They way you having both quantity and quality can be hard. Three marathons in three weeks plainly meant my body would not be in the position it needed to be to run my best. I’m not one to ever think I’m “entitled” to be under 4 hours – it’s only happened twice. Still, having run the Clarence DeMar Marathon on September 24, then booking one weekend off but then three weekends of marathons in a row, plainly meant I would not be breaking four hours again this year. I didn’t, but that’s ok.
I had run all three of these marathons before – Steamtown in Scranton PA (home of the show “The Office” as well as where former VP Joe Biden was born); the Hambletonian Marathon – my hometown and first marathon three years ago, and Marine Corps. Thankfully, the last one, Marine Corps, would be a “walk run” with my wife. I take personal pride in running marathons, but my wife enjoys a more casual pace – and I enjoy her company, so that’s fine. We did the Disney marathon at the start of the year, and now were winding down the year with the Marine Corps marathon in Washington.
Marine Corps would be my 30th marathon. It was particularly touching though not for our slow time or being the third in three weeks, but because of who it honors. As you reach mile 12, you see pictures of soldiers on both sides of the running path. They are fallen soldiers. They are part of the Wear Blue – Run to Remember program. That program was founded by “Ironman” Lisa Hallett. Ms. Hallett’s husband was killed in action in Afghanistan. She was a runner and built the Wear Blue initiative to help runners overcome grief and remember those soldiers to made the ultimate sacrifice. She is also, as noted, an “Ironman” – having competed in Kona.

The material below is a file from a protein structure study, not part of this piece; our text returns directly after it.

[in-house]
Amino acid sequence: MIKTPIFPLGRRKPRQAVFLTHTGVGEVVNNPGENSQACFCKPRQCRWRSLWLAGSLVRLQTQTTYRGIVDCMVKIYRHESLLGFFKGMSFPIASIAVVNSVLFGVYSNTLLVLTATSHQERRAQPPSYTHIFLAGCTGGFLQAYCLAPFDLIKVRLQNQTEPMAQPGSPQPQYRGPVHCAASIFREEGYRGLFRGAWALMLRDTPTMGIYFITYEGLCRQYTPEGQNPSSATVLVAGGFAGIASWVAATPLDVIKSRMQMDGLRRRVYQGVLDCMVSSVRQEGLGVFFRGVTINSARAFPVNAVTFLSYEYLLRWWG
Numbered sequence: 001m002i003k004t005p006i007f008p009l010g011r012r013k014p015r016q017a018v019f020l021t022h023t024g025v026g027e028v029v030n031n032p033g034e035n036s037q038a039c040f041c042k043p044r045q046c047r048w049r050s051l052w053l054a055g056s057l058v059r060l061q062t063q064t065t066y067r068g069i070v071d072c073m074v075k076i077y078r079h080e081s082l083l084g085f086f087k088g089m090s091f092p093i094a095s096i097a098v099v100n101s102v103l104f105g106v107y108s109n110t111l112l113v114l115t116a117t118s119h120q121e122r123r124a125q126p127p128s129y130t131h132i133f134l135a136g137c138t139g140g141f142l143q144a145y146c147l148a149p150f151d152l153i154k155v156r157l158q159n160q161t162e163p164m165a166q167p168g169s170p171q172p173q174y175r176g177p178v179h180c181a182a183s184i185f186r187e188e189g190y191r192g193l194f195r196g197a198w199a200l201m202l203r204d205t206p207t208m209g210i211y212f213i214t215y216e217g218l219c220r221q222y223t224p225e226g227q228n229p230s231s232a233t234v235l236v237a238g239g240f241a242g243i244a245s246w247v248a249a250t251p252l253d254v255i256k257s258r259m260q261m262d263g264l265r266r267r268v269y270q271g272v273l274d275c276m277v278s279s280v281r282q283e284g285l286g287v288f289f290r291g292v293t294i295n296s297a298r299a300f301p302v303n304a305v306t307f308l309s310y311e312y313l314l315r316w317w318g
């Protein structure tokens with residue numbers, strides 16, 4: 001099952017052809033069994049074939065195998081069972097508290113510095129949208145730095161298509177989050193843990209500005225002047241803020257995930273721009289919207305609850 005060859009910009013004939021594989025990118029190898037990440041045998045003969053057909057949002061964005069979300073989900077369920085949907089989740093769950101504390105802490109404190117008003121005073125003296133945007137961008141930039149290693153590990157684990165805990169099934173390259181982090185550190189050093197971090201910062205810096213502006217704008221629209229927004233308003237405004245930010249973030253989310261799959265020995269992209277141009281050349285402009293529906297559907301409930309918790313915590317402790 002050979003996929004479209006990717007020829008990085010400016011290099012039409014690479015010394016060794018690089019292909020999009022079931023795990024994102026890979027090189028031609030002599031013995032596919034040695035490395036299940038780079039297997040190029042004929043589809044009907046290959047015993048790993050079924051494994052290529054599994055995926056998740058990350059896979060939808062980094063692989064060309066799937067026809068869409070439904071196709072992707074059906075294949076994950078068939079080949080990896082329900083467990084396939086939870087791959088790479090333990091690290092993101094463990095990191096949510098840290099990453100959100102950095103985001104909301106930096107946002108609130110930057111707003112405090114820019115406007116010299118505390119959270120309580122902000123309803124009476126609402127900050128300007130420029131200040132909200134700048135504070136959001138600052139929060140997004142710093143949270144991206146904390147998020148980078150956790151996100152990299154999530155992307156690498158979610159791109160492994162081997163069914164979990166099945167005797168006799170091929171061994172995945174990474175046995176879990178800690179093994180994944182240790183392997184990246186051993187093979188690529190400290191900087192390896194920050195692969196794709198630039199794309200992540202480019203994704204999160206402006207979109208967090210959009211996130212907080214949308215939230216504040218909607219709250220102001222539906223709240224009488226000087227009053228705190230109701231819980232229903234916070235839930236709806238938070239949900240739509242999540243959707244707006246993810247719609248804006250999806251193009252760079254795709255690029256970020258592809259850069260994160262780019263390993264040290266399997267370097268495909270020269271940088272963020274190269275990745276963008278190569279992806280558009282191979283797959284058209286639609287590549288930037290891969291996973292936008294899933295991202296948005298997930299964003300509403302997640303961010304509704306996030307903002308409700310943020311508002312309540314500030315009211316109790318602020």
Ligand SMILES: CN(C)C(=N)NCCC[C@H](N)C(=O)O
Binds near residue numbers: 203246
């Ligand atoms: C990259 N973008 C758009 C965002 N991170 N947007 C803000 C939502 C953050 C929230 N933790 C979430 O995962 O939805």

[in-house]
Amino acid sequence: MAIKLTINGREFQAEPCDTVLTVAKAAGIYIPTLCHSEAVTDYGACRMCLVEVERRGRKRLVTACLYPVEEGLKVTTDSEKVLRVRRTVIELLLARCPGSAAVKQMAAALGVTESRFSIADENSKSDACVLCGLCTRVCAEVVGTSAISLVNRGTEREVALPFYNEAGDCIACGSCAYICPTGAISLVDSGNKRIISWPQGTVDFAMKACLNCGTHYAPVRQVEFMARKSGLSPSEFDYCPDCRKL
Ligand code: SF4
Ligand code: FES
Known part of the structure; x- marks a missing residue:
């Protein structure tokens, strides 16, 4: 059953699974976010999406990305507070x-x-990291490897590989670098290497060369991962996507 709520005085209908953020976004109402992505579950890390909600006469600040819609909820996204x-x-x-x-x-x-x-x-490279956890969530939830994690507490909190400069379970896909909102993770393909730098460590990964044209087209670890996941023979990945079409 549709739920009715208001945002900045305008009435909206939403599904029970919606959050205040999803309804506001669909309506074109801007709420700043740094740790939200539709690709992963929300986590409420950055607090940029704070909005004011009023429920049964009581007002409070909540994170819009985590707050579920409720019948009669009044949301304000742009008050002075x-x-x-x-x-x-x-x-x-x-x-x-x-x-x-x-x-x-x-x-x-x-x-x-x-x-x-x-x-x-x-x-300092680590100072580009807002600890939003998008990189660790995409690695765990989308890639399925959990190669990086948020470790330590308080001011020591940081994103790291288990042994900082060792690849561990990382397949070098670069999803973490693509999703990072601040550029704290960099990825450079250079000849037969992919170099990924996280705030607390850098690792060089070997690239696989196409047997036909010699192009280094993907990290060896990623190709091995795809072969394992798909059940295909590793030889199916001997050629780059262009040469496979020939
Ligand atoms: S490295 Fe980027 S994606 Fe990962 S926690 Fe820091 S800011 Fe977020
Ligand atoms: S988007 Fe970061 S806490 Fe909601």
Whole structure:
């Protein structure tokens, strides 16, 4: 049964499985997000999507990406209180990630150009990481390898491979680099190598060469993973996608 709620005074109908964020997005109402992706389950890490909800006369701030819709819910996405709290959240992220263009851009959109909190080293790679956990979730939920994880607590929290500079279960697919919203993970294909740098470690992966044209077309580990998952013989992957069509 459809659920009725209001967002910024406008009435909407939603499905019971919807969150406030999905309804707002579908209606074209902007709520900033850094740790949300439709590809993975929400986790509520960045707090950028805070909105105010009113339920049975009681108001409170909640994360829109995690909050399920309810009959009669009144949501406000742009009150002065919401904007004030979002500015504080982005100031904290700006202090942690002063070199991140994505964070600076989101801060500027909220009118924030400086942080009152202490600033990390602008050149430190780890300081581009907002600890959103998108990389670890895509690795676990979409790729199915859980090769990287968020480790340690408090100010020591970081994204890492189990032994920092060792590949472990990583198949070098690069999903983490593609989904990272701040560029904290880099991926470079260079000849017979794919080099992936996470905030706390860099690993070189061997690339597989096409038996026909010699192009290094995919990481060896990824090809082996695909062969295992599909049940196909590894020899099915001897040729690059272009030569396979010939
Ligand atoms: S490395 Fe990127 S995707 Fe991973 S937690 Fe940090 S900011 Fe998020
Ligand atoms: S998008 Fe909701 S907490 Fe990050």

As we made it through mile 12, my wife stopped – hard. She saw a familiar picture. A Marine, who was a former student of hers was one of the soldiers pictured. We had known of course he was killed in action seven years ago. Every face of the dozens (hundreds probably) of pictures was unique. They all had their own story. To see though the face of the young student my wife had taught – with a giant smile on his face, certainly brings our wars home. The young man, and I’m not saying his name on purpose as I don’t think I can give it the respect for his story that he deserves, was pictures, as I said, with a giant smile on his face – having fun. My wife was as happy about that as you can be under the circumstance. She remember him as such a happy kid. Families have to choose our images when we die, and often times they are serious portraits in these tragic situations. Here, we saw a picture of a local “kid” with a huge smile on his face, just as he had lived life.
We did finish the race of course. The pain you sometimes feel in races though when you see the hundreds of pictures of the fallen on the side of mile 12 at Marine Corps can sure put things in perspective.